*You* are not dumb. There’s nothing wrong with you for not getting it the first time around. You just haven’t found a good git tutorial yet. I can’t make you do anything, but I can suggest that if you want to use version control more productively, my experience has been that git is a huge, huge win. Feel free to ignore me if you want.

    Unfortunately, I haven’t found a really, really good git tutorial myself. You can google for one as well as I can, I guess. Maybe I’ll try writing one myself someday…

    • 4 aharoni 2010-08-06 at 18:04

      Thanks for keeping cool despite my annoyance and foul language :)

      Calling svn “steampunk” is letting it off easy

      No, it’s nothing but offensive. If git lovers were offending a proprietary commercial product, it wouldn’t be as bad, but offending a Free Software package, its users and its developers, at least some of whom are volunteers, is just plain rude. You are not saving the world this way, you are just creating antagonism.

      Easy branching and merging are essential for large software projects, and the only reason anyone thinks otherwise is if they’ve never experienced easy branching and merging.

      Oh, i did. I’m in this industry for 12 years now. I’ve been in large projects of over 100 developers. They either used cp and diff and got on with their lives or used the company-sanctioned SCM (mostly Perforce and ClearCase, a little Mercurial) and climbed on the walls.

      I tried to introduce git to one of the companies in which i worked. I worked with it for a few days, then tried branching… and lost a few days’ work. That was not a win. After that the company very happily used SVN. The happiest developers i’ve seen in my career were SVN users.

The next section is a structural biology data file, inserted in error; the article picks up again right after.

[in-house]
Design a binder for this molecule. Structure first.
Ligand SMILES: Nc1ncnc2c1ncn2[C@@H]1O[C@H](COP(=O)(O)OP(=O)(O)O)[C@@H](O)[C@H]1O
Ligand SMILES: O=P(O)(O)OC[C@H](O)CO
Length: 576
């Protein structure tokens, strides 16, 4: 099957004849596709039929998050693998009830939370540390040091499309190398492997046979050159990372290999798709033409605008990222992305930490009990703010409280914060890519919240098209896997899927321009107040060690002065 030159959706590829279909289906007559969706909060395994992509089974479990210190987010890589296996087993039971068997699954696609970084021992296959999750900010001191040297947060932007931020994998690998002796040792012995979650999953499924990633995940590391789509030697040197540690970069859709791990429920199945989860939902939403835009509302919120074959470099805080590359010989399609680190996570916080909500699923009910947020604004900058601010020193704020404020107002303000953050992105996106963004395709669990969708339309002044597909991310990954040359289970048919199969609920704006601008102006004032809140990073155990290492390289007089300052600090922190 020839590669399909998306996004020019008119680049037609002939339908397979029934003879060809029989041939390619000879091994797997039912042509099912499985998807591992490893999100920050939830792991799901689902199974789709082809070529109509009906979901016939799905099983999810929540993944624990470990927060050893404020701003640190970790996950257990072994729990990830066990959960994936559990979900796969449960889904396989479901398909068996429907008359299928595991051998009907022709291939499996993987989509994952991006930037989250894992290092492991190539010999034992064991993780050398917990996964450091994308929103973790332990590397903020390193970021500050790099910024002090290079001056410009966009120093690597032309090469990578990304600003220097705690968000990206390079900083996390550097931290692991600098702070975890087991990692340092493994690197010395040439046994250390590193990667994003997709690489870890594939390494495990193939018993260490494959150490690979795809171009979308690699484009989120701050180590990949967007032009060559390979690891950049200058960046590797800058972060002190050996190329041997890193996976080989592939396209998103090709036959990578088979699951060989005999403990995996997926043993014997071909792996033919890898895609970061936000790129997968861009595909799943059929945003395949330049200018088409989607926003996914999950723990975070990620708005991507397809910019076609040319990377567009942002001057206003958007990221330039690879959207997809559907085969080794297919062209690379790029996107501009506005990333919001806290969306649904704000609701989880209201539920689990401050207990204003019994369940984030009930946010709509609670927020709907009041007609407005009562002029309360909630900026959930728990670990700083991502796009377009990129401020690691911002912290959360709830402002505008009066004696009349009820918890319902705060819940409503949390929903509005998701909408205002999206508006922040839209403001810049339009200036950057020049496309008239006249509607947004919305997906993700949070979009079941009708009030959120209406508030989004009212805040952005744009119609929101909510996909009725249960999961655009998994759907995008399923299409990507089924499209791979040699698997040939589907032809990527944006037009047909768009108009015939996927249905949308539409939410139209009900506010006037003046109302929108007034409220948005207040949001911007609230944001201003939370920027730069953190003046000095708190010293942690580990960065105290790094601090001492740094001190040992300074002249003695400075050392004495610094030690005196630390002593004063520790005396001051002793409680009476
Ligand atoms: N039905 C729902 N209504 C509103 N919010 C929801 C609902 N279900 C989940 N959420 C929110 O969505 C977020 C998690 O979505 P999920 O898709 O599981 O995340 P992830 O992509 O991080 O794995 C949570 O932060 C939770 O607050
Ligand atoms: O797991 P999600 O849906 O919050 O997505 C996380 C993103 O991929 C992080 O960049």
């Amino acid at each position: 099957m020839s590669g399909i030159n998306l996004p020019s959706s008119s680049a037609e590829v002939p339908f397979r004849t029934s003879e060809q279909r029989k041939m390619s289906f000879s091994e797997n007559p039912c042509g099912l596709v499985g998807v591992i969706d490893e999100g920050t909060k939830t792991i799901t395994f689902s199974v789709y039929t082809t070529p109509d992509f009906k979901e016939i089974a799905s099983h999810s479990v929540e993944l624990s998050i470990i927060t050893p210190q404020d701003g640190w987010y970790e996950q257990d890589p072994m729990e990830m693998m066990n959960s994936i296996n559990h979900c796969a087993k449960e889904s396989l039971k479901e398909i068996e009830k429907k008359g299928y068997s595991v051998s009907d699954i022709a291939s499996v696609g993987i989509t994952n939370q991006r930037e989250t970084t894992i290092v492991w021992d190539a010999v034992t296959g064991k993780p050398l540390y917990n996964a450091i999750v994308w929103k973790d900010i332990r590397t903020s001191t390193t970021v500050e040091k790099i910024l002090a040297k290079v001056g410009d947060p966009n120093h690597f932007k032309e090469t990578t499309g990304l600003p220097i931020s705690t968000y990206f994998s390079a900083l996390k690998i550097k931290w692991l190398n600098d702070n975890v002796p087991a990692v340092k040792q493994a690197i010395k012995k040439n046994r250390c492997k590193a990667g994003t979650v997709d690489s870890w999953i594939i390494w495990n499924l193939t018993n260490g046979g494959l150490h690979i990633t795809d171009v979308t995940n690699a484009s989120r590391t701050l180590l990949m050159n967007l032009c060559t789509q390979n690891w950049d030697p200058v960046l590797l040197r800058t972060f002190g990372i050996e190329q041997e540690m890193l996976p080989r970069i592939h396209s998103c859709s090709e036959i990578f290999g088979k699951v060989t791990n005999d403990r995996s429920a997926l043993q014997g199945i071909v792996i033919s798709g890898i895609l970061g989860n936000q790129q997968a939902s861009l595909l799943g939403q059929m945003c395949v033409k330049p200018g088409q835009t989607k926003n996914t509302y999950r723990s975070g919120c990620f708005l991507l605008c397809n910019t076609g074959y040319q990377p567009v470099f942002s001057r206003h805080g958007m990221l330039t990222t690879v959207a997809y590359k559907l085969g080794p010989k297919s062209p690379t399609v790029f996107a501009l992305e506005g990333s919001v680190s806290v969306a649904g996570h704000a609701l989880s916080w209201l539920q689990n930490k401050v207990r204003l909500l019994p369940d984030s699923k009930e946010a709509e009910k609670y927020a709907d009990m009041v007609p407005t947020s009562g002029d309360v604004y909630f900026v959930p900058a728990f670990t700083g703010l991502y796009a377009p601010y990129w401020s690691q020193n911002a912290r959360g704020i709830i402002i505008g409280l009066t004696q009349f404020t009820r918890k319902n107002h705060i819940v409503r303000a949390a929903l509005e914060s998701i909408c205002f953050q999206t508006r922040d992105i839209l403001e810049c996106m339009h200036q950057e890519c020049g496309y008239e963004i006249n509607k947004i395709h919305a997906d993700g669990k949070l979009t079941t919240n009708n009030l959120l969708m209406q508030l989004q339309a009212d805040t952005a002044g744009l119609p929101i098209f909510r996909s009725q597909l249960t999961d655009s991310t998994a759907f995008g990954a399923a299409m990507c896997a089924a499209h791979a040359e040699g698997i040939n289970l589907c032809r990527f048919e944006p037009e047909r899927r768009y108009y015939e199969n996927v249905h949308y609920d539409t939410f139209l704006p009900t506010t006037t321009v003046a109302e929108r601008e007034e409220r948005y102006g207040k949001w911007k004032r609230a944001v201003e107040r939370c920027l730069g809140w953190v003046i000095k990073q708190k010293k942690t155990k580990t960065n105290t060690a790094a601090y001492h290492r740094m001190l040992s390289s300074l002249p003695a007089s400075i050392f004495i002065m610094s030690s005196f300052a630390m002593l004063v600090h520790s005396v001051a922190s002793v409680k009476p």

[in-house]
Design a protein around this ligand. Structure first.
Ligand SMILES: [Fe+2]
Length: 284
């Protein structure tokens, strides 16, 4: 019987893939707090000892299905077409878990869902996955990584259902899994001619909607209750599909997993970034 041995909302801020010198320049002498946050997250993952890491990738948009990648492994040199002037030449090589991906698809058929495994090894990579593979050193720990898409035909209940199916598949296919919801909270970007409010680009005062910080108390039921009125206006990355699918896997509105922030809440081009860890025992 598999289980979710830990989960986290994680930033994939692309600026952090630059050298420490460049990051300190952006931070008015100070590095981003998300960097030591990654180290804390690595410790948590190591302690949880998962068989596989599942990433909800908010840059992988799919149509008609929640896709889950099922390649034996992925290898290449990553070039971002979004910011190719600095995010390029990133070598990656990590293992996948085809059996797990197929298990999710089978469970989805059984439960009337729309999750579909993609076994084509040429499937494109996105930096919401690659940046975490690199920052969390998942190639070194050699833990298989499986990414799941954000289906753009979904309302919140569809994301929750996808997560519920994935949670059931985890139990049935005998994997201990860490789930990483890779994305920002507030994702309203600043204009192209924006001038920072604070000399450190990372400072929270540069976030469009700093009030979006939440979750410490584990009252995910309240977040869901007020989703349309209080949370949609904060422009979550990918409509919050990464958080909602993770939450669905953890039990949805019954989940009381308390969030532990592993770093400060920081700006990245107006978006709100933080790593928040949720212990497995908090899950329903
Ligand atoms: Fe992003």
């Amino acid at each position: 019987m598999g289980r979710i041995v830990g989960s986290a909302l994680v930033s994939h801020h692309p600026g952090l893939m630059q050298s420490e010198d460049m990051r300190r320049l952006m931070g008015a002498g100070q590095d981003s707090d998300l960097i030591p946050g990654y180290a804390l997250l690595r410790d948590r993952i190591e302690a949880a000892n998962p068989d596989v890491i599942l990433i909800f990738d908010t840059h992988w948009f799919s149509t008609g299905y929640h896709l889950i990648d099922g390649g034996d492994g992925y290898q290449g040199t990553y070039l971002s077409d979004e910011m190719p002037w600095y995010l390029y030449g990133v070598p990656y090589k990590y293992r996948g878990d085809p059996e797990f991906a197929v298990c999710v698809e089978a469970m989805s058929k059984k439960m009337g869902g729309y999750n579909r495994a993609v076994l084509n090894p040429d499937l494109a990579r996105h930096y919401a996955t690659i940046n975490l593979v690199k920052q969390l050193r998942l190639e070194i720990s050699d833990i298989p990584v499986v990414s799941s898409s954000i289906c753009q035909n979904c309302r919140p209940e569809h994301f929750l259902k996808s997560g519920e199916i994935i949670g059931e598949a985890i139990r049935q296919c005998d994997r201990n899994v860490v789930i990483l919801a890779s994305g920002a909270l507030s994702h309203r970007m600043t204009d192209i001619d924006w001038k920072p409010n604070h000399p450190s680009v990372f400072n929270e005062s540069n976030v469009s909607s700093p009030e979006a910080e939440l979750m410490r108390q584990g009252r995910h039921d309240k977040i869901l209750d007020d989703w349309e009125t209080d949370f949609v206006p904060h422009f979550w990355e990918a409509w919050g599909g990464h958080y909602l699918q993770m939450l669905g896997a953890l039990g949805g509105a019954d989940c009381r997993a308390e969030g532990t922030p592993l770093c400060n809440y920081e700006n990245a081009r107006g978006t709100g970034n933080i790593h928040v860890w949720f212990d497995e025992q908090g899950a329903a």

I just haven’t yet seen any tangible proof that git’s learning curve is worth it, despite the many promises.

      Unfortunately, I haven’t found a really, really good git tutorial myself. You can google for one as well as I can, I guess.

      I did, many times. I usually come upon very nicely-designed sites, who seem to have been made by people who know CSS well (or have friends who do), but who assume that what they learned about git by some unknown magic is known to all their readers, too. Hey, i do admit that github is sexy. It just gives me a headache every time i try to send a patch.

      And if there is no good tutorial, how did you learn it? I suppose that you do see the contradiction here…

      Maybe I’ll try writing one myself someday…

      … And that would be much, much more productive than calling fellow developers’ work ass-backwards steampunk.

  3. 5 Jamie McCarthy 2010-08-06 at 18:49

    offending a Free Software package, its users and its developers, at least some of whom are volunteers, is just plain rude. You are not saving the world this way, you are just creating antagonism.

    I can do both at once ;)

    And if there is no good tutorial, how did you learn it?

    It took a while!

    FWIW, it is actually pretty hard to actually lose work in git, unless you use -f switches (on various commands) or the –hard switch on git-reset.

    In almost all other cases your work will be preserved somewhere, in some form. That said, though, recovering your work from a (series of) erroneous commands is often well beyond a git newbie’s skills.